///Not That Kid by Andrew Larson

Not That Kid by Andrew Larson

Much has been made and written about the unique relationship between youth pastor and student or students that show leadership potential. Tons has been said about the kid that a youth pastor just sees himself in…this is not about that kid. This is about the other kid. You know who he/she is. And chances are, they know it too. They are the last kid to get picked up for everything, yet somehow they also seem to show up way earlier than everyone else too. They are the first to sign up for every event and the last to get their money in. It doesn’t matter where you go, this kid is in every church. How do you deal with him/her?
When I was 22, and the wisest youth pastor on the planet, I avoided him. That didn’t stop him. from calling, texting, and emailing me several times a week. (In the decade and a half since then, he has also gained the ability to tweet, poke, message, snap DM etc.) Not that I responded very often. He was awful. He’d yell while I was teaching, dance like Shakira during worship, and then try to act like we were best friends after youth group. About once a month I would call his aunt, the fact that his home was beyond broken didn’t affect my attitude towards him, to report his disruptive behavior. He’d apologize, and then do it all again. So I quit. I didn’t stop the other kids from talking about him behind his back, and I certainly didn’t go out of my way to spend time with the most obnoxious kid in the youth group. He left the church. Maybe it was inevitable, and maybe it wasn’t. I will answer for that. That was several churches and almost 15 years ago.
But it hasn’t changed. The same thing happens each and every week at my church and yours. The kid who shows up earliest and goes home last, because he/she isn’t wanted anywhere else, is there. She is bugging the other kids, he is disrupting you while you teach or when you are frantically trying to put the finishing touches on your message. You would call home, but you know it won’t help.
I haven’t got this figured out all the way, but I’ve made some progress. It’s not always fun, and it costs time you would rather be pouring into other kids. But here’s the truth, the reason we want to pour into those other kids is that someone already has. That is why they are a little more mature and fun to be around. This one is immature and obnoxious because no one has cared enough to do anything about it. Sure you’ve cared enough to call, or discipline, but have you cared enough to really do something? Besides prayer, I am finding that time and responsibility are the two biggest weapons I can bring to the table. Every week when those two or three come in, I have assignments for them now. If you are here because you don’t feel important anywhere else, I am going to put you to work. This gives them purpose, and me the time I need to finish my prep. I am also finding that when you give them the one on one attention that they so desperately seek, they usually do not know what to do with it. Most likely because they haven’t been given it enough. So now I get to direct the conversation and our time together.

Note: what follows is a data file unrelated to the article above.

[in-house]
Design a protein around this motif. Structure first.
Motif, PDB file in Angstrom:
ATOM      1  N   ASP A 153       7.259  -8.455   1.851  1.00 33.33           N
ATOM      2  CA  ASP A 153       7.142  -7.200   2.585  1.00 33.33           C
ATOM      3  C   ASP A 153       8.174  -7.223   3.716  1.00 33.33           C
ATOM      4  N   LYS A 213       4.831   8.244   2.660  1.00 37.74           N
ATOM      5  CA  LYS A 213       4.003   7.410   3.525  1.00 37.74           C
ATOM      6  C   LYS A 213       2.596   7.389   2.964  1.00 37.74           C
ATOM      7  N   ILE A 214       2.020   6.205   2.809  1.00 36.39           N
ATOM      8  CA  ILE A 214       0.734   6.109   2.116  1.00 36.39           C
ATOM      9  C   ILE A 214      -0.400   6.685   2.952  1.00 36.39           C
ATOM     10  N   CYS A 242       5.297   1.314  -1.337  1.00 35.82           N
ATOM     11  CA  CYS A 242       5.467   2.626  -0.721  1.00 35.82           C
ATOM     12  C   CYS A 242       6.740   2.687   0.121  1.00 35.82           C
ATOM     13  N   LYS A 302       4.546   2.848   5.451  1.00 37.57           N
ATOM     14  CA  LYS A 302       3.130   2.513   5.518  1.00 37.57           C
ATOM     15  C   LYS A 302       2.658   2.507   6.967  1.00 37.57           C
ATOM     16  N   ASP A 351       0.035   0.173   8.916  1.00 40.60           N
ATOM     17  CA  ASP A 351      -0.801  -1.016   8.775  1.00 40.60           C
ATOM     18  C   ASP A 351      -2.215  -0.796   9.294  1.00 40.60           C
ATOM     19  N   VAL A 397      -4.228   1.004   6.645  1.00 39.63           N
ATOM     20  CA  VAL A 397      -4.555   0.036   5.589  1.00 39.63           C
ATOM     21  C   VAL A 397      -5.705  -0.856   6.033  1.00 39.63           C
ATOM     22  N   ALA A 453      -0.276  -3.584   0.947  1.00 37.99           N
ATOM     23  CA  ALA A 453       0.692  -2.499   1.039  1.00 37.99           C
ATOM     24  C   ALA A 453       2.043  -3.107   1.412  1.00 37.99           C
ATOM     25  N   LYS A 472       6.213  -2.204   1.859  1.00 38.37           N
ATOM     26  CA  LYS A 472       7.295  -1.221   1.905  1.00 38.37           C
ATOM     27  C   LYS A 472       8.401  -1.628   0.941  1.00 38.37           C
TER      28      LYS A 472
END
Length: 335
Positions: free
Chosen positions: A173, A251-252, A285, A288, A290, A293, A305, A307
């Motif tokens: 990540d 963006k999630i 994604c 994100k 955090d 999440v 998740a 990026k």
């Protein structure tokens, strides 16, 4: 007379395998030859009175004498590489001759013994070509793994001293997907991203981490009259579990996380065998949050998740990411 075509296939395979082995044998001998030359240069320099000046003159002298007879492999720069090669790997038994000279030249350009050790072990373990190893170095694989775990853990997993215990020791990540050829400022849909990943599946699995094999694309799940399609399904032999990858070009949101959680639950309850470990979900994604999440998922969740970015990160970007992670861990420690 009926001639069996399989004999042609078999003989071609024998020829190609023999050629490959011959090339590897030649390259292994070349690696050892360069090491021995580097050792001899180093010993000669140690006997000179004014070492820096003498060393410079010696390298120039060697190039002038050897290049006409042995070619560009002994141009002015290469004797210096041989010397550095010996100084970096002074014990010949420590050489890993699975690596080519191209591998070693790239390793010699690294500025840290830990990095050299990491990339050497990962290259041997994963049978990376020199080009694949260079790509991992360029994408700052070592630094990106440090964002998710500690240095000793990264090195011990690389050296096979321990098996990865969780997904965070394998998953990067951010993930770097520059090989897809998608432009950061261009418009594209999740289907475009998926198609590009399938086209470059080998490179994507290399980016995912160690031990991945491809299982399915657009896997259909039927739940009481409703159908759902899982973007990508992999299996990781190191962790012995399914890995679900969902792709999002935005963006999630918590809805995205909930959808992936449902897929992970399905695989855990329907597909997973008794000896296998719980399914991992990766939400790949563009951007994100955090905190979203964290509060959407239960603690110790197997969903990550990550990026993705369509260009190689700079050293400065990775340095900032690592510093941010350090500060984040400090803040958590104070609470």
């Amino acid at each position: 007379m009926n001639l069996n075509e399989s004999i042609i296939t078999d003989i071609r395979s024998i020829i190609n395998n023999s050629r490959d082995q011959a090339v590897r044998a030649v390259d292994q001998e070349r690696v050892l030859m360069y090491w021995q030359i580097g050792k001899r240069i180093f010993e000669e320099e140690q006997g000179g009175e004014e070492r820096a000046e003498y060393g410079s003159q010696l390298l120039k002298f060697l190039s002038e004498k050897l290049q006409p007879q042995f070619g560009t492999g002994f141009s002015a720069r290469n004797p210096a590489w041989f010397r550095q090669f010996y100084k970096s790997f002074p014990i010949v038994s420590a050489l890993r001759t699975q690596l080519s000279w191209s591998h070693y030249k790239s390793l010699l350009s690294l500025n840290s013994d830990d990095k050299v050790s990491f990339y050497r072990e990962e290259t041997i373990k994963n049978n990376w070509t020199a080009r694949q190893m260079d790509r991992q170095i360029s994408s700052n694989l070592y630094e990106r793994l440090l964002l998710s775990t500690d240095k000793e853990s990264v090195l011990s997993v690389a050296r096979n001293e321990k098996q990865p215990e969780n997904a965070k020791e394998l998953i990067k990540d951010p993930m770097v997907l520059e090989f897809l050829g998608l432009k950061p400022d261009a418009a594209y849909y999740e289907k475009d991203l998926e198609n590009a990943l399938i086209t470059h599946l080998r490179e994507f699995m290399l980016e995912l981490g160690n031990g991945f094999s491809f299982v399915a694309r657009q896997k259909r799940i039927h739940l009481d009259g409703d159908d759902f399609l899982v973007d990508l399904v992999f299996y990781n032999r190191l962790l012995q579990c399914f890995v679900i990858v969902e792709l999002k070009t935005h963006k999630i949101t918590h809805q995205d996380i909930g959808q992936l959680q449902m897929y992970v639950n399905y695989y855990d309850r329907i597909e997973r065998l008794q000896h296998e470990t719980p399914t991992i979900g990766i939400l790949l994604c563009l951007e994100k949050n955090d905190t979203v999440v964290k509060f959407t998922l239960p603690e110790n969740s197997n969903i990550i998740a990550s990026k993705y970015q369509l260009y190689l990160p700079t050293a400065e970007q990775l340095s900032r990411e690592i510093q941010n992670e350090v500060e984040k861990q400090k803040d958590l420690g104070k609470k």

I am still figuring this out, but I do know that I don’t want to lose another kid because I was annoyed.
by
Andrew Larson
By | 2018-04-07T17:15:00+00:00 April 10th, 2018|Uncategorized|1 Comment

About the Author:

Justin Knowles has been a pastor for the last 10 years and is the Student Ministries Pastor at Christ’s Church of the Valley in San Dimas, CA. He hosts Youth Ministry Hacks Podcast, loves to write about his ministry journey and teach at all sorts of camps or retreats. He and his wife Kristin have a son named Graham and a cat named CATalie Portman. Follow him on Twitter and Instagram @justinknowles3

One Comment

  1. Jim Purtle April 10, 2018 at 6:38 am - Reply

    Man… Such a true, convicting article. Good stuff about giving them responsibility. Thanks man.

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